- Posted June 19, 2012 by
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The Mideast Watch - Iran Edition - June 19th
A powder keg waiting to explode is the way many perceive the Mideast. The events in the region could set off in many people's estimates a cascade that could emesh the US of A in more military action.
One of the most volatile countries in the Mideast is Iran. Iran's nuclear ambitions has kept the world in turmoil. Currently talks are underway between the Persian nation and other world powers on dealing with its controversial nuclear program.
An EU spokesman says six world powers have begun talks with Iran in Moscow with an appeal for the Iranian side to "engage seriously" with an offer to resolve international concerns about the Iranian nuclear program.
Michael Mann said in a phone interview, the five permanent members of the U.N. Security Council (Britain, China, France, Russia and the United States) plus Germany hope Iran "finally" will negotiate on the proposals they made in the previous round of talks in Baghdad last month. EU foreign policy chief Catherine Ashton is representing the world powers in the talks, which resumed Monday in Moscow. The two sides have made little progress since an April meeting that ended a 15-month break in negotiations.
Iranian President Mahmoud Ahmadinejad told a German newspaper that Iran may accept a compromise on enrichment. In excerpts of the interview published Monday on his website, Ahmadinejad said that if European nations provide Iran with 20 percent enriched fuel, his government is ready to stop enrichment to that level.
Diplomats from several nations meeting with Iran in Moscow depict the talks as significant. They say it could be the last in a series and that, if negotiators fail to make headway in persuading Tehran to stop higher-grade uranium enrichment, it's unclear if or when new talks would occur.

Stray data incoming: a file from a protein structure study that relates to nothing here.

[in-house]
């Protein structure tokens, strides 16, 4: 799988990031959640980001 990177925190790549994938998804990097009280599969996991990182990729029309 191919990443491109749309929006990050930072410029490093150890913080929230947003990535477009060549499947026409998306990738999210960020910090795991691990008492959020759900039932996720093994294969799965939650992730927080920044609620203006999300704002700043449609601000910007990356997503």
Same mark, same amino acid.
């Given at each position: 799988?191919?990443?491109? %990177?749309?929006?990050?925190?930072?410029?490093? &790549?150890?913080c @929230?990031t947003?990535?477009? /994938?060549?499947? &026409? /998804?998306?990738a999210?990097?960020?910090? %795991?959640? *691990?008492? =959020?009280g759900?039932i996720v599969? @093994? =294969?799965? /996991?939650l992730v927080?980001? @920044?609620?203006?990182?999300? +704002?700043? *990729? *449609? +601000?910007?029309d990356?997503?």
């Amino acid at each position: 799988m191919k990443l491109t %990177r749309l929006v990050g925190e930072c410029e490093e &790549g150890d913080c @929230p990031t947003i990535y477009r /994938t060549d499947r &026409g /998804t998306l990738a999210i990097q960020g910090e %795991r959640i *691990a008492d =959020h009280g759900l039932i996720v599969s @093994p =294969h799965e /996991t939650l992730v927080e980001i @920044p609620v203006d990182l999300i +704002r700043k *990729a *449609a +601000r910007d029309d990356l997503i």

While not budging on lifting existing sanctions or those already decided upon, diplomats familiar with the talks told The Associated Press the six are also prepared to guarantee that no new U.N. penalties will be enacted if Tehran shows enough compromise. The diplomats demanded anonymity because that possible offer has not yet been formally made.
For Iran, the main demand is international recognition of its right to enrich and related issues. Although it is under U.N. Security Council sanctions for refusing to stop that activity because of concerns it could use it to arm nuclear missiles, Tehran insists it has a right to do so to for its stated goal of creating reactor fuel and medical isotopes.
Washington has warned Tehran of the alternatives should it not be willing to meet the six powers' demands.
"The window for diplomacy is not indefinite," a senior U.S administration official told the AP.
Such warnings are not new but this carry more weight than before both for Iran and its negotiating partners.
Iran would be most immediately hurt by a lack of progress in Moscow followed by any long hiatus in new negotiations.
In addition to longer-term U.N. and other sanctions, Tehran is now being squeezed by a widening international embargo on its oil sales, which make up more than 90 percent of its foreign currency earnings. It desperately needs those sanctions lifted, but the six say it needs to make the first move on cutting back on uranium enrichment.
The White House also stands to lose.
Failed talks at Moscow with no immediate prospect of new meetings would almost certainly expose President Barack Obama to criticism of weakness in dealing with Iran from Republican presidential candidate Mitt Romney Faeuro" and from Israel, which has threatened to attack the Islamic Republic's nuclear installations should diplomacy fail.
It is unclear if the Jewish state would actually make good on such a threat and, if so, when. But any military move would likely draw in the U.S., widen the conflict through much of the Mideast and further hobble countries already in economic tailspin by driving oil prices sky-high.
Negotiators for Iran and six world powers completed the first day of discussions on Iran's nuclear program Monday in Moscow.
This third round of talks, called after two previous rounds of discussions yielded little result, was marked by "serious and constructive" discussions, Iran's semi-official FARS News Agency quoted Deputy Chief Negotiator Ali Baqeri as saying.
An EU official described the meeting as an "intense and tough exchange of views."
From the Cornfield, the US of A presidential election may very well be decided on what happens in The Mideast.